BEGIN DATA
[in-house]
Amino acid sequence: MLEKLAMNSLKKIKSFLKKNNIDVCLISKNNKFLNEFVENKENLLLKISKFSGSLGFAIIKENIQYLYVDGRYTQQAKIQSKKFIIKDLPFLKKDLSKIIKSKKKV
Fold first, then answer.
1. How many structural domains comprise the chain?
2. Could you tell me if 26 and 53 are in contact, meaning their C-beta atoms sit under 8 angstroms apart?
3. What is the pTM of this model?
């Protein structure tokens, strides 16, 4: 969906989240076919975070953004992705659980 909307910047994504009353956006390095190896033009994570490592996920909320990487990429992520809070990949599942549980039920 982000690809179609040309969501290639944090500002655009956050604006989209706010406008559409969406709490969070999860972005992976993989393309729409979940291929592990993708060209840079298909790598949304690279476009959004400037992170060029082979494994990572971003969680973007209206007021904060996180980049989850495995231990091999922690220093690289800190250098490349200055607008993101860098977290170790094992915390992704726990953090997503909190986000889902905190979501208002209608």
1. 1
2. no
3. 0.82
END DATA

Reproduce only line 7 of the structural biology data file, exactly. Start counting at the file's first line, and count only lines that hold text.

């Protein structure tokens, strides 16, 4: 969906989240076919975070953004992705659980 909307910047994504009353956006390095190896033009994570490592996920909320990487990429992520809070990949599942549980039920 982000690809179609040309969501290639944090500002655009956050604006989209706010406008559409969406709490969070999860972005992976993989393309729409979940291929592990993708060209840079298909790598949304690279476009959004400037992170060029082979494994990572971003969680973007209206007021904060996180980049989850495995231990091999922690220093690289800190250098490349200055607008993101860098977290170790094992915390992704726990953090997503909190986000889902905190979501208002209608």